The Oscar-winning actor on playing Judy Garland, how Bridget Jones holds up and the public scrutiny of women.
You spent two years preparing for the film Judy. What stood out as the most important thing to capture about Judy Garland?
What struck me was, despite the tragic circumstances and how they were portrayed on the public record, she never stopped hoping. She was a joyful person. She didn’t strike me as a tragic figure at all. She seemed heroic in her determination to carry on and her belief that things would get better.
In the film, her fans feel they know her, but she doesn’t appear to feel known by them. Is there a certain loneliness that comes with fame?
I’m sure it’s different for everybody. I suppose it depends on how much of your public persona and professional responsibilities consume your time vs. how much time you spend focusing on the person behind the public persona.
Is it different preparing to play a real person?
Absolutely, because there are parameters that are the historical record. But having an experience with that myself, and being the subject of certain reporting, I try to be judicious in looking at it and consider the source and remember that whatever is out there is always through [the lens of] someone’s personal agenda or their own damage.
She once called herself “the queen of the comeback”–[Paraphrasing Garland]
She can’t go to the bathroom without them calling it a comeback!
There’s a narrative around the movie that it’s a comeback for you, just a few years after you returned from a six-year hiatus from acting. How does that word sit with you?
I don’t think about that kind of stuff. However people interpret things, it’s none of my business. I don’t read things. I’m not on social media.
Your break coincided with an age when many women find that juicy roles start to dry up. Do you feel like you skipped that period?
Maybe. Or maybe the industry changed and there are more outlets for material. There will be an audience for stories about women of every age if someone creates them. There’s always been an audience for different kinds of material, it’s just limited in terms of what the business model seemed to allow. So as that’s changing, the range of stories is expanding. Escape at Dannemora and Patricia Arquette out there doing her thing, Patricia Clarkson doing her thing, Julia Roberts doing her thing, the list goes on.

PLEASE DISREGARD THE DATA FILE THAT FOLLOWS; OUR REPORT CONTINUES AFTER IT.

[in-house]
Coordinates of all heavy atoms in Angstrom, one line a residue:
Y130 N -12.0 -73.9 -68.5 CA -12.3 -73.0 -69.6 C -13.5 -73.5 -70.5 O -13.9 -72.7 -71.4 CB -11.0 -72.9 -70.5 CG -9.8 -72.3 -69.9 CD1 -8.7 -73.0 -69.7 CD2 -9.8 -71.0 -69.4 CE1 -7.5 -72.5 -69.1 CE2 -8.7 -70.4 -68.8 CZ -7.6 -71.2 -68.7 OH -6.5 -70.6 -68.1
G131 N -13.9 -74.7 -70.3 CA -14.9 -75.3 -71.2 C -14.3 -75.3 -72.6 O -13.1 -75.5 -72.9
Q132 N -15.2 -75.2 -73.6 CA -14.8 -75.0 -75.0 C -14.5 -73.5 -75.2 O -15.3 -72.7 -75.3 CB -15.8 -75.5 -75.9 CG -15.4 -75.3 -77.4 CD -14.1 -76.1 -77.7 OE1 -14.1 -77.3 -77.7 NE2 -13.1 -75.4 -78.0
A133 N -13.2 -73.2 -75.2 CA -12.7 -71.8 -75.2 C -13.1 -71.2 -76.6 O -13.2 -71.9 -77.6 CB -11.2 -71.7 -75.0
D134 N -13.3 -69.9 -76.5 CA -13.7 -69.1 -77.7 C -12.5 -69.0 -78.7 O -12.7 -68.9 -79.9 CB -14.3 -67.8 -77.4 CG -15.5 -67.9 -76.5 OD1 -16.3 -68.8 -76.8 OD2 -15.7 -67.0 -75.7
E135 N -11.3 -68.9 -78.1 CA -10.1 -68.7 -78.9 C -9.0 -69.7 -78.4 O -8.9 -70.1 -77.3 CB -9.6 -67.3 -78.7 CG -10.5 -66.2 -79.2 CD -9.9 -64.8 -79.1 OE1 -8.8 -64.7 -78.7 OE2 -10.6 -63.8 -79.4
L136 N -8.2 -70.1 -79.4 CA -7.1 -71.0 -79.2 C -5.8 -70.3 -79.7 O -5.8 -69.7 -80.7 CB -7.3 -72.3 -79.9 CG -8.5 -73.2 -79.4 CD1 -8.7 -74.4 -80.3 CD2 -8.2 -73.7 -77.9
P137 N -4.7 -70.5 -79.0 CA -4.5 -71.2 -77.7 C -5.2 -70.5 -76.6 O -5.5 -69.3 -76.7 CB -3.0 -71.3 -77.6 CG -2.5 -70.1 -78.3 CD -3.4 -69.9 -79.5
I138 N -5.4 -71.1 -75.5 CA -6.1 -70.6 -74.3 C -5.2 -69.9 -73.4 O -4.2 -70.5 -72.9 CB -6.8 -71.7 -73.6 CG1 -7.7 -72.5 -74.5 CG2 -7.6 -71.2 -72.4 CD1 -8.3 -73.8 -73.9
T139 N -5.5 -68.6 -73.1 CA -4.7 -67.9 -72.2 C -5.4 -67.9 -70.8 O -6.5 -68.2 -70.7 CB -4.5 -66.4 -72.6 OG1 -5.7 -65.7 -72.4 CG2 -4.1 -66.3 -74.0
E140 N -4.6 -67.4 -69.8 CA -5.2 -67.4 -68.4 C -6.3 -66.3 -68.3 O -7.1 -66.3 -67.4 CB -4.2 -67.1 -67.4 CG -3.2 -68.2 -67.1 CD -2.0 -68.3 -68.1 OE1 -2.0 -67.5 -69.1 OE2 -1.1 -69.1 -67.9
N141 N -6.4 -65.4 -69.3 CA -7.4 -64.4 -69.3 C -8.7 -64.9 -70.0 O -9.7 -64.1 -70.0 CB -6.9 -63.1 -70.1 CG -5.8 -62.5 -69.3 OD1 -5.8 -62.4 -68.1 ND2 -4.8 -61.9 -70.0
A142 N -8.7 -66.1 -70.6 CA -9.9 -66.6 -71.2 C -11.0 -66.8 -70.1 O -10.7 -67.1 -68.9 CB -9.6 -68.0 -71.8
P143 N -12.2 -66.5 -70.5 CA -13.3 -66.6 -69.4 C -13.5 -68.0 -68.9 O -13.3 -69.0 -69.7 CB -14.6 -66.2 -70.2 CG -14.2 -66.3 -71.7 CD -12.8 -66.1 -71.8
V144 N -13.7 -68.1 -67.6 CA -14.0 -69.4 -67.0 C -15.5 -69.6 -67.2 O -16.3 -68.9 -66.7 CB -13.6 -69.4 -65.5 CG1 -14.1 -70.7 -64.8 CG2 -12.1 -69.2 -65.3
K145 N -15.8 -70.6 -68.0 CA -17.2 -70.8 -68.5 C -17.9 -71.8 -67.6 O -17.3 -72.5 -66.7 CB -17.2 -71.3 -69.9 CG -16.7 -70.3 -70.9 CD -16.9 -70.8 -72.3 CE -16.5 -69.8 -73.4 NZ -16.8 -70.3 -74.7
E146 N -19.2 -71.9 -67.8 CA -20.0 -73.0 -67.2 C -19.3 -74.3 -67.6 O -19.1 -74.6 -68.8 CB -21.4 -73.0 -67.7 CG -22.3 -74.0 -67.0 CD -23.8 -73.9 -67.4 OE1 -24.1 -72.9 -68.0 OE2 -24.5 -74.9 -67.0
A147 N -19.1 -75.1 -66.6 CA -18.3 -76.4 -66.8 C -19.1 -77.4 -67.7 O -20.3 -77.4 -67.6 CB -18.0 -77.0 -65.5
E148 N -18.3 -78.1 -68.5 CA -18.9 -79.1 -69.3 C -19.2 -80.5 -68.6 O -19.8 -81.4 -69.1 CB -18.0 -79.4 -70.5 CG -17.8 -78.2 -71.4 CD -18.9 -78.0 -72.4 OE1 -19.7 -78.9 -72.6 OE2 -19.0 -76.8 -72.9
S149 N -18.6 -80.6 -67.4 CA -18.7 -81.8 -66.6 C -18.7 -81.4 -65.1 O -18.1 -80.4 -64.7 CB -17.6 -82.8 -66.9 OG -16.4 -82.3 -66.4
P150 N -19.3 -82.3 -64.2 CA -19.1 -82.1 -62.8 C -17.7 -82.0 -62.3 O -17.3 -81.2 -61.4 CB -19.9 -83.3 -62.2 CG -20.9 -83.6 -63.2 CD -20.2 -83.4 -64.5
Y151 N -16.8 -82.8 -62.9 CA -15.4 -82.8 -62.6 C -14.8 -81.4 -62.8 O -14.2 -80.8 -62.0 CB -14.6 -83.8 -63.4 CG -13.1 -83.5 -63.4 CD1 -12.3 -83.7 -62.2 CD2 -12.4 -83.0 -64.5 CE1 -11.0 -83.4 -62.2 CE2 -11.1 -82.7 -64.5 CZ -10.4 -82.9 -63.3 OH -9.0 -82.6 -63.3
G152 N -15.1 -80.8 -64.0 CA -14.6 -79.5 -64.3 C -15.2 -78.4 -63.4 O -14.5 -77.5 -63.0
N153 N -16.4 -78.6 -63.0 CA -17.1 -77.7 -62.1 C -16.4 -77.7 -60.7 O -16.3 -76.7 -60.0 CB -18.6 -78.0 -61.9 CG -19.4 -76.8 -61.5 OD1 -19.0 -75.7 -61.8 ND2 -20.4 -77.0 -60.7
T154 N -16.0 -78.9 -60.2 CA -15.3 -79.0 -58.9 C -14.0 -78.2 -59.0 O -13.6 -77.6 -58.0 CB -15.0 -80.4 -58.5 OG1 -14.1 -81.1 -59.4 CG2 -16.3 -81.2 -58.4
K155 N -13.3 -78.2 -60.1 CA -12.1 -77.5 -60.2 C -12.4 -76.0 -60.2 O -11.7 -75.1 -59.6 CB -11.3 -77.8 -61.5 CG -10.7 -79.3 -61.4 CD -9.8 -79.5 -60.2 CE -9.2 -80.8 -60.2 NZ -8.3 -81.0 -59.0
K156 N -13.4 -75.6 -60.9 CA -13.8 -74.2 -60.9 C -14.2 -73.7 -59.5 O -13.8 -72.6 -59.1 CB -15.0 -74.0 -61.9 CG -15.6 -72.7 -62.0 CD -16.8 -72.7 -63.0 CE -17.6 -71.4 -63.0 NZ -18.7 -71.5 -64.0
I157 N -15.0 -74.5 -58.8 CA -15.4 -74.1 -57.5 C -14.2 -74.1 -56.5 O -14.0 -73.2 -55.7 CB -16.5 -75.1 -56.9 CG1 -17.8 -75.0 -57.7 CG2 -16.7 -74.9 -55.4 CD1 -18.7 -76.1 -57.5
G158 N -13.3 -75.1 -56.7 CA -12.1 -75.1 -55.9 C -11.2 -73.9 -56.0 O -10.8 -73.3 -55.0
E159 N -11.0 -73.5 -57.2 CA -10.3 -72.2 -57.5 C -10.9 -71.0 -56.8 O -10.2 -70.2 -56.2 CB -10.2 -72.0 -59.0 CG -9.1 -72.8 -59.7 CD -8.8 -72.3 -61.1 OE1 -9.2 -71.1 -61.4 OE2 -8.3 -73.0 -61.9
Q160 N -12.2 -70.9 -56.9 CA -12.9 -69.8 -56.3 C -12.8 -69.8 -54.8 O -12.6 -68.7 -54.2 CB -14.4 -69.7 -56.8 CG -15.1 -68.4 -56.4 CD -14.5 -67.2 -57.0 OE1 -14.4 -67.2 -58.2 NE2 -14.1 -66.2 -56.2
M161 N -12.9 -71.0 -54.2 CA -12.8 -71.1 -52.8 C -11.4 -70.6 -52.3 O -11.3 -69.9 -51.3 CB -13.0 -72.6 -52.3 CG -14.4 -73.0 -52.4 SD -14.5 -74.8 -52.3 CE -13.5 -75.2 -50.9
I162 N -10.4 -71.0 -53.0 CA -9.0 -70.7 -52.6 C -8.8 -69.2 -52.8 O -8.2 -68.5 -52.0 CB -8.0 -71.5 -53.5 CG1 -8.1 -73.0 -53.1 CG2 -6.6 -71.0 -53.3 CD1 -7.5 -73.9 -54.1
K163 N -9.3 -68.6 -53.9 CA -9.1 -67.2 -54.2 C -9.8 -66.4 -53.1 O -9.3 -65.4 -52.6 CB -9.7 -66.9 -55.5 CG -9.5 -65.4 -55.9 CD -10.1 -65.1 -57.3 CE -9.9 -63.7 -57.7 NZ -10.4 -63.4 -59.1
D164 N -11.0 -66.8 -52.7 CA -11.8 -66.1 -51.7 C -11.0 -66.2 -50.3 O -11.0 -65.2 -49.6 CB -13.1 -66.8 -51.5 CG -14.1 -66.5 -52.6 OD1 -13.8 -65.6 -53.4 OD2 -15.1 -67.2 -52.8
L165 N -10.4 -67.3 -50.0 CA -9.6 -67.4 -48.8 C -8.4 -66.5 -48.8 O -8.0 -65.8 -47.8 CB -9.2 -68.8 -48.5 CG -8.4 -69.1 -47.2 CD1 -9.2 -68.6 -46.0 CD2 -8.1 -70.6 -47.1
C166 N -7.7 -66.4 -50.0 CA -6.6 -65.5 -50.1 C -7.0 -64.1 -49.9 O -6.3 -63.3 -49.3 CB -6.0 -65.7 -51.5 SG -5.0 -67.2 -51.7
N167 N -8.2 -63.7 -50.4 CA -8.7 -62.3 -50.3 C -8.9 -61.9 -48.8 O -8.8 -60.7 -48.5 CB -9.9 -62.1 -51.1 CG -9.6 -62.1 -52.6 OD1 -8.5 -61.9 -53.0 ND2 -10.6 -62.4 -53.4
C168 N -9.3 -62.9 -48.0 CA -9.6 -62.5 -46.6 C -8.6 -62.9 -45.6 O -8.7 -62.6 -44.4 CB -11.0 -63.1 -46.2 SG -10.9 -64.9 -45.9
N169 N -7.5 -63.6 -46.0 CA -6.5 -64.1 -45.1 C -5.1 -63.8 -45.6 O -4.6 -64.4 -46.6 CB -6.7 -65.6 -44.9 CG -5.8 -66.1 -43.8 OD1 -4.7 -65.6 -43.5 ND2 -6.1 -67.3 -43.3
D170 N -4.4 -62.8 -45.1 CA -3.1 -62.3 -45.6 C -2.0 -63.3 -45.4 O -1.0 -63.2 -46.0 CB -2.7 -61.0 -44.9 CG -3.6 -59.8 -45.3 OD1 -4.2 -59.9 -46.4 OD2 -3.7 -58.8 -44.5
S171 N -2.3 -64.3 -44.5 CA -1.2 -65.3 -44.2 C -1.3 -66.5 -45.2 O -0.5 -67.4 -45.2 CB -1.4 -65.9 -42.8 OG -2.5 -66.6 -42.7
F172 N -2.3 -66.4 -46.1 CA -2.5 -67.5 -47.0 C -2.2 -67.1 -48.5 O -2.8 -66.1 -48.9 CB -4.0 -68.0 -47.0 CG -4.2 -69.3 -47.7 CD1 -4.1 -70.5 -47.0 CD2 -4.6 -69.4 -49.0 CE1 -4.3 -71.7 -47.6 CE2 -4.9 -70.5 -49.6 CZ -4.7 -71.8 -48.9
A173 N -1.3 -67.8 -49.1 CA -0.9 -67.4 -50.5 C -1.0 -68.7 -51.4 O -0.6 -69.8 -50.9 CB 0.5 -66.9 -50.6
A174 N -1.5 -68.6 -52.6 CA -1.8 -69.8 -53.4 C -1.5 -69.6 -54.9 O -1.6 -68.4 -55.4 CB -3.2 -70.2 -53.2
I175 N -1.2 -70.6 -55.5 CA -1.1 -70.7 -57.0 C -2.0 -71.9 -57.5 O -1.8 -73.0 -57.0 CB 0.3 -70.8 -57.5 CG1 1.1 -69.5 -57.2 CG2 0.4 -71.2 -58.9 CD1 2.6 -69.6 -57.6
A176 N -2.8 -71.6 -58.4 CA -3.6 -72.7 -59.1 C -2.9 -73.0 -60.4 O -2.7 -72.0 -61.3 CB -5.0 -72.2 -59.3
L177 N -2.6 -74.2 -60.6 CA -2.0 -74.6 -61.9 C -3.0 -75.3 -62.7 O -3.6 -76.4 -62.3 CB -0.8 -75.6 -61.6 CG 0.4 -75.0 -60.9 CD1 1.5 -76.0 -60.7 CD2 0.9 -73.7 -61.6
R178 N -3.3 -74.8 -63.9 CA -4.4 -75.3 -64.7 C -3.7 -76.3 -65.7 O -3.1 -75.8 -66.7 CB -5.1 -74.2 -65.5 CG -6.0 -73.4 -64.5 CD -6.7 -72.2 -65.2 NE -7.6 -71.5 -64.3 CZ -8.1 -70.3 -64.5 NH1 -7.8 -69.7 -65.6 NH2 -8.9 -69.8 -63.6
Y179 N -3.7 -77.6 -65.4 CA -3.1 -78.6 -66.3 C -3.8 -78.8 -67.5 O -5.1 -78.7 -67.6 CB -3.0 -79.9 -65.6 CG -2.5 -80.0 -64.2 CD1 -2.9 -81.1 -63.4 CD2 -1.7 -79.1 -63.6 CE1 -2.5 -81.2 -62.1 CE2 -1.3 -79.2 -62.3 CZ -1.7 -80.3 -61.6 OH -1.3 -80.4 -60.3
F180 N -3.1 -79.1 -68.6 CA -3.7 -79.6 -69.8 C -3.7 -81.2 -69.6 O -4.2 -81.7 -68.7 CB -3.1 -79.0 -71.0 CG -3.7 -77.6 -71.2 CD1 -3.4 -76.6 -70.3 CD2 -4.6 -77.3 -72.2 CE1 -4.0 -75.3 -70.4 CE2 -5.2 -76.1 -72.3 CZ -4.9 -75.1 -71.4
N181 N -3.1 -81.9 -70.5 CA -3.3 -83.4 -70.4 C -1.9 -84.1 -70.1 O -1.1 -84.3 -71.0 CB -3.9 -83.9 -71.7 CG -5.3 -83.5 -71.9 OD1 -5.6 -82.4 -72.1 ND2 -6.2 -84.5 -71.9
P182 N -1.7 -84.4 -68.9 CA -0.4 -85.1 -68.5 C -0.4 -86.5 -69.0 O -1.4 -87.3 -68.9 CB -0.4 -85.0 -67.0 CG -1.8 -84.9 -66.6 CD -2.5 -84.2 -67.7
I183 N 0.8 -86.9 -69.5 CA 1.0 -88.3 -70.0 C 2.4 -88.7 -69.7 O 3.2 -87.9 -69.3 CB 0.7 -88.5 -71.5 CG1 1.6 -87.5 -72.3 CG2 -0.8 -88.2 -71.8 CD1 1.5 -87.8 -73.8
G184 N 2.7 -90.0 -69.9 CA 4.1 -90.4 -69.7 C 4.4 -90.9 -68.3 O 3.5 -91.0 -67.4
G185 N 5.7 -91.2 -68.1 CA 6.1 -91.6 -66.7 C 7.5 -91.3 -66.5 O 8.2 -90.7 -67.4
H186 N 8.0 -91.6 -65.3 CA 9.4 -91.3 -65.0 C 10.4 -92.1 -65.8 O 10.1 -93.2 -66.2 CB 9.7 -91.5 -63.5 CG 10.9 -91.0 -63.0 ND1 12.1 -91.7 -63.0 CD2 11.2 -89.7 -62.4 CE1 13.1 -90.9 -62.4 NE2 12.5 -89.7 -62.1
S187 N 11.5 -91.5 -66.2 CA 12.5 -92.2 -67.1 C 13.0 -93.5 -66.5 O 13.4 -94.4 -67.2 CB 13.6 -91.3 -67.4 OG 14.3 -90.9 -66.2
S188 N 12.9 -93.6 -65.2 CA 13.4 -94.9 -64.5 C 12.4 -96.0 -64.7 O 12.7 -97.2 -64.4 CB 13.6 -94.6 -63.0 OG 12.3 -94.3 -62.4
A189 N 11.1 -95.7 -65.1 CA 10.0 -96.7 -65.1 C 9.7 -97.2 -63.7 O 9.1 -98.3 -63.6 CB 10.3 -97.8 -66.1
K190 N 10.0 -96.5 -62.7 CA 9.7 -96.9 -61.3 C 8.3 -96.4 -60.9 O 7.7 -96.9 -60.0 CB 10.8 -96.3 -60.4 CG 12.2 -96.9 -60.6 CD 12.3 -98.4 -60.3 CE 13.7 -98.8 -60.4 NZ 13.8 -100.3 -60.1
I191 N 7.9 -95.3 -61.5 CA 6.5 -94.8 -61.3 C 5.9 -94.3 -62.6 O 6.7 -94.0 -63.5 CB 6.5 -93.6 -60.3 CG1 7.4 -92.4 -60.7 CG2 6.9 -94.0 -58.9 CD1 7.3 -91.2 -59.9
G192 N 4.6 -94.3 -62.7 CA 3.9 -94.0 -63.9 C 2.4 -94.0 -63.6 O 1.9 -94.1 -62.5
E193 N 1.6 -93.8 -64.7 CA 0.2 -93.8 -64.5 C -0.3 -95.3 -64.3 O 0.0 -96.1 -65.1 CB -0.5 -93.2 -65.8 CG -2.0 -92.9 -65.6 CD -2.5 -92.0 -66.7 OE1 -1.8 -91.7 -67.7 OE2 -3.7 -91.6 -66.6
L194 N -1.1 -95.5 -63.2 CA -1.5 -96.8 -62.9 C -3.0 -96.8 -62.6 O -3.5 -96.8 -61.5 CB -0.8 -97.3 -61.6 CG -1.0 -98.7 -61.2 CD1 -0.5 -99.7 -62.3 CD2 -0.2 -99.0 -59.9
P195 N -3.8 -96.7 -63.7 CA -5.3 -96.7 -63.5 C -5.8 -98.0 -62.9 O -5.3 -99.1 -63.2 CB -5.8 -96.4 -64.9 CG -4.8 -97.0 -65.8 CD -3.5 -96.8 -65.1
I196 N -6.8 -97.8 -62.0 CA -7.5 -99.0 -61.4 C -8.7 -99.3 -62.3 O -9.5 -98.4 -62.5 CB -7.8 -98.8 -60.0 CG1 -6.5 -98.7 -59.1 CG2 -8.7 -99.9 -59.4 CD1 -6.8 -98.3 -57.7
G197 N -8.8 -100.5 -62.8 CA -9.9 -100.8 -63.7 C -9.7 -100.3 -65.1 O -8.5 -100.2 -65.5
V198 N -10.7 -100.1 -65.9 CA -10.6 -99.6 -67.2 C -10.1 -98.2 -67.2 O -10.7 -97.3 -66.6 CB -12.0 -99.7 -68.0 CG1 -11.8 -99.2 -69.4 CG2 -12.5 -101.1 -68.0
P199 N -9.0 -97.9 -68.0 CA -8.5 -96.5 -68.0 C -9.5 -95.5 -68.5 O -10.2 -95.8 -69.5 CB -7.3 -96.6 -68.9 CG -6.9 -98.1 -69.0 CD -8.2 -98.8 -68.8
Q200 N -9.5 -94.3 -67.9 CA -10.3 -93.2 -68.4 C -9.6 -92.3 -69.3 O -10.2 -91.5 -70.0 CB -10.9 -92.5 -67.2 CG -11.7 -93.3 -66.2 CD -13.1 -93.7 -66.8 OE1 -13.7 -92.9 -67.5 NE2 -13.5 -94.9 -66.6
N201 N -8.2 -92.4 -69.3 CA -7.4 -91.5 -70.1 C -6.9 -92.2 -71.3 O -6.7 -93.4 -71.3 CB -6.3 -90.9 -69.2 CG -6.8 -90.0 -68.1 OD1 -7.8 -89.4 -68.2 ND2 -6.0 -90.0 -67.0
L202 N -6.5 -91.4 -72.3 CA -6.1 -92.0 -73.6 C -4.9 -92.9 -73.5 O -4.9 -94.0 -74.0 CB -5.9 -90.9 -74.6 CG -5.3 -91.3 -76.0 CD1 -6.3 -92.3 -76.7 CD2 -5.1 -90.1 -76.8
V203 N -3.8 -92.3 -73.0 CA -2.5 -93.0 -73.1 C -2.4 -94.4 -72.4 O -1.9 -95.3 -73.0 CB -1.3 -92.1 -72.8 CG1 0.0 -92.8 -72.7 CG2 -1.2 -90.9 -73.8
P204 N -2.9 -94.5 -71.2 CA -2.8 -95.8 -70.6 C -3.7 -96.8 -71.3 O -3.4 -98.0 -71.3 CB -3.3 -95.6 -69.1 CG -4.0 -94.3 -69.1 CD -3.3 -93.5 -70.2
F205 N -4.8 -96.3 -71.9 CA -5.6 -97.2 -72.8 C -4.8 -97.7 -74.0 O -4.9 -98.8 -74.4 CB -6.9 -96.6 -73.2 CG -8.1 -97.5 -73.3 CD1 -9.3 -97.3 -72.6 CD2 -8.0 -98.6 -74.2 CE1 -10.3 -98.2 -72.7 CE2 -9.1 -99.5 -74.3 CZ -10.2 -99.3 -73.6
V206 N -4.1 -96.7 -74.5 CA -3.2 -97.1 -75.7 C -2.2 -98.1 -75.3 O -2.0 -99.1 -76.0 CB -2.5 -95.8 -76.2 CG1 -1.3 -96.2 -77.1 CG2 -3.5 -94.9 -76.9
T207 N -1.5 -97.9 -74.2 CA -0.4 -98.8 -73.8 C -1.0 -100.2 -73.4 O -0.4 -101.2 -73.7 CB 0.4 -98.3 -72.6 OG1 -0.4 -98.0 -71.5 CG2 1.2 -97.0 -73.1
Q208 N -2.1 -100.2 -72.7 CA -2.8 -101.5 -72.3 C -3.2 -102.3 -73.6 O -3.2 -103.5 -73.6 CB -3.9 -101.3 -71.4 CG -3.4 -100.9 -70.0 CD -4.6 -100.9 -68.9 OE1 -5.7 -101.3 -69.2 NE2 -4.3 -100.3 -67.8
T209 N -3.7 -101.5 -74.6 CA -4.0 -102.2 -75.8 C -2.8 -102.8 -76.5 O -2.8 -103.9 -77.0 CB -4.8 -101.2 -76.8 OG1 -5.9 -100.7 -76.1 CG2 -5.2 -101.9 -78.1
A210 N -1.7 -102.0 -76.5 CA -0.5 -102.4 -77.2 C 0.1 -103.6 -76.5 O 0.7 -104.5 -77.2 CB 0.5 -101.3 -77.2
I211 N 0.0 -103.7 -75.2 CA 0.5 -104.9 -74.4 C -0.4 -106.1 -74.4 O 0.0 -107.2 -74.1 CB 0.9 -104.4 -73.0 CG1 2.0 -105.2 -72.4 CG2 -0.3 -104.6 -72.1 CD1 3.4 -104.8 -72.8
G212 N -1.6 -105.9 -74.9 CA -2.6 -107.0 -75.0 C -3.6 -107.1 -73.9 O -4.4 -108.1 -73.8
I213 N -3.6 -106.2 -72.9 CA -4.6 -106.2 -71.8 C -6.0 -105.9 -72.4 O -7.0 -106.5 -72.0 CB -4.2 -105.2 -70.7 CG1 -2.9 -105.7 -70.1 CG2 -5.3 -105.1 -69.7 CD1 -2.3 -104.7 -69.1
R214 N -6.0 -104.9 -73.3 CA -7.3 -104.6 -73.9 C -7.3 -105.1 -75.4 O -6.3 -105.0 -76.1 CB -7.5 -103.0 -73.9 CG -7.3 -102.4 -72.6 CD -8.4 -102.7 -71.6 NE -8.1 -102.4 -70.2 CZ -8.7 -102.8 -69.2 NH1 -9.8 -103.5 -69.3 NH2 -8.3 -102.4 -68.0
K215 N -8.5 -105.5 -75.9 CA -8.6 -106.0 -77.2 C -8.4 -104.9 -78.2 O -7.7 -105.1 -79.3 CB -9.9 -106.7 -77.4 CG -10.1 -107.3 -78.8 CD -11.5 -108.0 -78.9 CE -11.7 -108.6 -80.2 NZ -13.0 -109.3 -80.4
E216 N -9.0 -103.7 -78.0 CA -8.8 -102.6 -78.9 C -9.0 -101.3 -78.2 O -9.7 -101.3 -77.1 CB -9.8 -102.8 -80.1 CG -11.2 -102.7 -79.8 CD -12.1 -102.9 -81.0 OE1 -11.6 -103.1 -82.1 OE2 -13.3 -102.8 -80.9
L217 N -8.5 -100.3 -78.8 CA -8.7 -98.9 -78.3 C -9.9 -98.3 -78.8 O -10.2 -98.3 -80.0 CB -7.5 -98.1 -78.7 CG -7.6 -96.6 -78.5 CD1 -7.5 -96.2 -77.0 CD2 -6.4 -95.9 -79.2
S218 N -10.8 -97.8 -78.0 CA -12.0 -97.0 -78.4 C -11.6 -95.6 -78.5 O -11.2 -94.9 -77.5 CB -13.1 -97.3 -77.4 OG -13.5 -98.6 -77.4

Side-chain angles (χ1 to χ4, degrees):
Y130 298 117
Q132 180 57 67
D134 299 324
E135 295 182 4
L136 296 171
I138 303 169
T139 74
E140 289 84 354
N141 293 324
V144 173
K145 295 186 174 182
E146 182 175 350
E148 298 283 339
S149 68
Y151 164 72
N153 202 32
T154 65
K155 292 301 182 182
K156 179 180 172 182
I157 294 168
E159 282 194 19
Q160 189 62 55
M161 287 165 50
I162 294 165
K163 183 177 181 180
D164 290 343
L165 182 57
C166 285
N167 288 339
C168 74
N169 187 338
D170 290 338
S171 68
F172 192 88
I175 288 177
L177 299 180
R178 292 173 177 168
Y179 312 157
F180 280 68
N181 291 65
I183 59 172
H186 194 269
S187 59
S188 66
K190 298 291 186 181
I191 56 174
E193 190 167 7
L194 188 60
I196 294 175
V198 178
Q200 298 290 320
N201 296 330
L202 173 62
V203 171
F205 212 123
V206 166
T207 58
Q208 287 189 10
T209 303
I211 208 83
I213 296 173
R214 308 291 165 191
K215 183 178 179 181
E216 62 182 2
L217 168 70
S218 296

I rewatched Bridget Jones’s Diary recently. It’s different watching Bridget’s flirtations with her boss, Daniel Cleaver (Hugh Grant), in the #MeToo era. Is it fair to judge past movies through the lens of today?
I can’t remember how much of it they were trying to conceal, because it was taboo. It wasn’t something they were trying to advertise. Maybe there are just different consequences hanging in the balance in 2019.
In 2016 you wrote an op-ed criticizing tabloid scrutiny of women’s bodies, including your own. Has anything changed since then?
That’s a big question. I think there’s a consciousness about it that might be a little bit different. What do you think?
We have a long way to go.
Maybe. But these are institutionalized, social behaviors that are reinforced through generations. So inevitably it’s going to change if you have women raise their children with an expectation that they be treated differently. As we go forward and we make certain realizations about the way we conduct ourselves in society, then the change comes. But I expect that it will take a minute.
This appears in the September 30, 2019 issue of TIME.
- The Fall of Roe and the Failure of the Feminist Industrial Complex
- What Trump Knew About January 6
- Follow the Algae Brick Road to Plant-Based Buildings
- The Education of Glenn Youngkin
- The Benefits and Challenges of Cutting Back on Meat
- Here's Everything New on Netflix in July 2022—and What's Leaving
- Women in Northern Ireland Still Struggle to Access Abortion More Than 2 Years After Decriminalization